Hey, Let's Talk About Greg Jennings Some More!

Hannah Foslien

Well, it's been about half a day since the Minnesota Vikings finalized things with wide receiver Greg Jennings, and there are plenty of different angles to look at the signing from. A few places throughout the internet have weighed in what they think of the Vikings' new acquisition.

The folks over at SI.com think that the Vikings made a pretty nice move, grading the signing as an A-minus.

The Vikings had a lot of money to burn this offseason and, even before the trade of Harvin, a clear need at wide receiver. Jennings puts them in a much better position heading into the draft. And if they land one or two more options there, a potential positional weakness could become a strength.

Even as one of the more optimistic Vikings fans out there, I'm not sure if the receiver position could go all the way to a "strength" in one off-season. But as long as the group isn't soul-suckingly awful like they were after the Percy Harvin injury last year, that's still a pretty significant step.

Over at Walter Football, on the other hand, they don't like the move quite as much, grading it out as just a C.

Having said all of that, I can totally understand why the Vikings overpaid for Jennings. They were desperate for receiver help, as Jerome Simpson was currently their No. 1 player at the position. The wideout market also dried up in free agency; after Jennings, the next-best receiver was Julian Edelman. That's why it's no surprise that Jennings obtained so much money. Still though, this easily could be a move Minnesota regrets in the near future.

Meh. . .as a lot of people have noted, if the Vikings hadn't gotten Jennings to come in and fill some of the holes at the wide receiver position, the depth chart would have been almost completely barren. Did the Vikings overpay? Yeah, they probably did. But, all things being equal, Jennings was at or near the top of the list of free agent wide receivers this off-season, and the Vikings did the smart thing by getting someone that could come in and make an impact.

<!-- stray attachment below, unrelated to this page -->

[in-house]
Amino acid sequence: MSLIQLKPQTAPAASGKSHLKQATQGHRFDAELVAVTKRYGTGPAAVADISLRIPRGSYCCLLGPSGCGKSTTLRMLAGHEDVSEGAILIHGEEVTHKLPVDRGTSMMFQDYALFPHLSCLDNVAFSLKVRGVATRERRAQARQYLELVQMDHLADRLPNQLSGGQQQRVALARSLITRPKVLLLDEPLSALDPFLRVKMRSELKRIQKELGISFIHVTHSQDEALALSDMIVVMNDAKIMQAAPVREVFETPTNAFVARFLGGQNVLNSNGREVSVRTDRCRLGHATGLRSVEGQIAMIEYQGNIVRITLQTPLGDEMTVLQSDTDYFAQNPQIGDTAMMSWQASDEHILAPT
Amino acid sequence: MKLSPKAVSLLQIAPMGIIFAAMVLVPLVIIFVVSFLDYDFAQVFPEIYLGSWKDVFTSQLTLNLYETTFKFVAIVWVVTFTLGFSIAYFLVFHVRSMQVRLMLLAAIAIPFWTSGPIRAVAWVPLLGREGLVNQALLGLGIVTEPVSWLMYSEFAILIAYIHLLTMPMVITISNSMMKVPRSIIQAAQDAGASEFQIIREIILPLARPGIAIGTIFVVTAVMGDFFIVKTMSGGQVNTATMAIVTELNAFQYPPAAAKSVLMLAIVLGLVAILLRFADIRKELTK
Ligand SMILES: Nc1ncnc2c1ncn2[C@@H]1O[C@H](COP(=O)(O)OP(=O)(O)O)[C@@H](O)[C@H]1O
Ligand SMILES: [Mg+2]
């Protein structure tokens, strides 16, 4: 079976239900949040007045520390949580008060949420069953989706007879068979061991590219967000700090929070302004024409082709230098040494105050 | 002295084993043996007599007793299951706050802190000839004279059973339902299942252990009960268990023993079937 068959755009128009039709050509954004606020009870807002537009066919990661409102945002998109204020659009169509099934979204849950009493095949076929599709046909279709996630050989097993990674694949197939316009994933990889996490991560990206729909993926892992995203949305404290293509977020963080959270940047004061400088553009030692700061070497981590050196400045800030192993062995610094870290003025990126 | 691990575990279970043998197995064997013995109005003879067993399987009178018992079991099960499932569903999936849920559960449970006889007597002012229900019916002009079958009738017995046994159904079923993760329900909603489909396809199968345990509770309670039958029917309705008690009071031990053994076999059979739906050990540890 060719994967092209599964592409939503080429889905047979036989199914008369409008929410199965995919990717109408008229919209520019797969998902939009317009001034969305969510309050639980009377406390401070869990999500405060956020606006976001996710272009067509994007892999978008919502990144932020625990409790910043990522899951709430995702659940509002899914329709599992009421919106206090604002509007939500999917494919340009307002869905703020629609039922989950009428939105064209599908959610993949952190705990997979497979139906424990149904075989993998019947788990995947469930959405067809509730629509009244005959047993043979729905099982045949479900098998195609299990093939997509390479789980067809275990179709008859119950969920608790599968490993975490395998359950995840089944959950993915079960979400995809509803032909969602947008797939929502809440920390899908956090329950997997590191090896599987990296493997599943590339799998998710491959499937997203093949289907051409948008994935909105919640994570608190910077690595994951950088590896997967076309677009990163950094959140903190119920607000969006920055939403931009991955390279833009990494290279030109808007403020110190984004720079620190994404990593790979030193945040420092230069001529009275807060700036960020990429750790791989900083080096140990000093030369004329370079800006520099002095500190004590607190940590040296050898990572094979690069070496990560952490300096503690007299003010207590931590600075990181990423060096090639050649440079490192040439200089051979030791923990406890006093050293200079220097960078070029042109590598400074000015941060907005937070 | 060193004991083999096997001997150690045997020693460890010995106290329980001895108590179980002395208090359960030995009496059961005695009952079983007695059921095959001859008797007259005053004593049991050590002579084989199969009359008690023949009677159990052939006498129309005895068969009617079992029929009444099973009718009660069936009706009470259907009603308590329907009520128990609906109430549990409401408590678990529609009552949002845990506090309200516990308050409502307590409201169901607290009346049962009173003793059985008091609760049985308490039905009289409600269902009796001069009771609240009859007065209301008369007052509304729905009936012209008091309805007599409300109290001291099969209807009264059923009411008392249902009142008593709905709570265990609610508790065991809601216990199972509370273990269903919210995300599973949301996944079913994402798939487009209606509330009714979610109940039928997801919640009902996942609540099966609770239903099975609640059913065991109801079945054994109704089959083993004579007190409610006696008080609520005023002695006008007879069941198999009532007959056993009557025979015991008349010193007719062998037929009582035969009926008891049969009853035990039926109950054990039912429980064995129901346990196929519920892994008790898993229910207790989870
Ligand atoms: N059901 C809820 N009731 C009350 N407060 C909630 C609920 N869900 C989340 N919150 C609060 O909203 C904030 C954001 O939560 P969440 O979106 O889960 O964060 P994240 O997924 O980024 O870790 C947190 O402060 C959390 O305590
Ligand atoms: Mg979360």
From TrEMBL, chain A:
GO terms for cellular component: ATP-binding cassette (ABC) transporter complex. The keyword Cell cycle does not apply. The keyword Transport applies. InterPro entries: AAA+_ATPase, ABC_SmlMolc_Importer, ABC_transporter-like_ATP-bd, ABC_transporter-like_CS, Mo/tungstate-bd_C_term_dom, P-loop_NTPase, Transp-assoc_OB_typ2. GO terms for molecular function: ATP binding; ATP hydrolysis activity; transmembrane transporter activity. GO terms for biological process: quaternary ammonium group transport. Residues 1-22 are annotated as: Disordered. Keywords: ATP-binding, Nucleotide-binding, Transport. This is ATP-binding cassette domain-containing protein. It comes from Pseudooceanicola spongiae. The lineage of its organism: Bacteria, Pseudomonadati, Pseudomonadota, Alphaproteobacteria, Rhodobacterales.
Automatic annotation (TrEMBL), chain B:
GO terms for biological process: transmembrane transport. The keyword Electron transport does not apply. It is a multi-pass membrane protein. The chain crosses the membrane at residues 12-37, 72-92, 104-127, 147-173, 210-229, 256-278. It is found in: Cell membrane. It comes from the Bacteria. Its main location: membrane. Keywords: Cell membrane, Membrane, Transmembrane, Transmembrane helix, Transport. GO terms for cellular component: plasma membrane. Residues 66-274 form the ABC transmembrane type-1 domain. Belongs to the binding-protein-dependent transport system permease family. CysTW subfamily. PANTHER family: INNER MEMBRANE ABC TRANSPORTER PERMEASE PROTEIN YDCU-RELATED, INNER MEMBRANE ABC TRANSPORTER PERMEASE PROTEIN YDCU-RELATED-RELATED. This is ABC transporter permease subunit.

I also mentioned yesterday about what sort of influence running back Adrian Peterson might have had on Jennings' decision. When I said that, I meant that he might have spoken to Jennings to convince him to join the Vikings, but ESPN NFC North blogger Kevin Seifert brings up some very interesting numbers that might have something to do with Jennings' thought process.

Jennings noted in his news conference that all receivers dream of running routes against defenses who are focused on the running back. Jennings should see a significant difference. Since 2007, when Peterson entered the NFL, the Vikings have run a league-high 1,013 plays against defenses with at least eight men in the box, according to ESPN Stats & Information. The league average over that period is 634, and the Packers have run 569. That's a quantitative view of one advantage Jennings will have in Minnesota.

Oh, and over that time span, Adrian Peterson has the most rushing yards of any running back in football. By a lot. He has 8,849 rushing yards from 2007 to 2012. (And keep in mind that those totals involve the Brett Favre years when this team actually had something resembling a viable passing attack. Well, in one of those two years, anyway.) The next highest total belongs to Steven Jackson and Chris Johnson, who both have 6,888 yards rushing over that time.

So, if teams want to continue stuffing eight guys in the box to deal with Peterson, Jennings. . .contrary to what this team has had the past couple of seasons. . .gives the Vikings someone that can make defenses pay for doing that. Want to throw two guys at Jennings? Well, then Peterson gets to run against a seven-man front, which generally works out in Minnesota's favor. It also means that teams wouldn't be able to double up on Kyle Rudolph, who made significant strides in 2012 and should continue to get better. And lord help everyone if the Vikings can find a reliable option on the other side of the formation, be it Jarius Wright or a resurgent Jerome Simpson or someone acquired in this year's NFL Draft.

From a Viking fan perspective, there's really no reason to feel bad about this move. None. The Vikings saw a need that had to be addressed, and they addressed it in what might have been the best possible way at the present time. Could it potentially blow up in their face? Well, sure it could. . .but you can say that about any free agent move, any draft pick, any trade, whatever you'd like. This one just feels like it's going to work.

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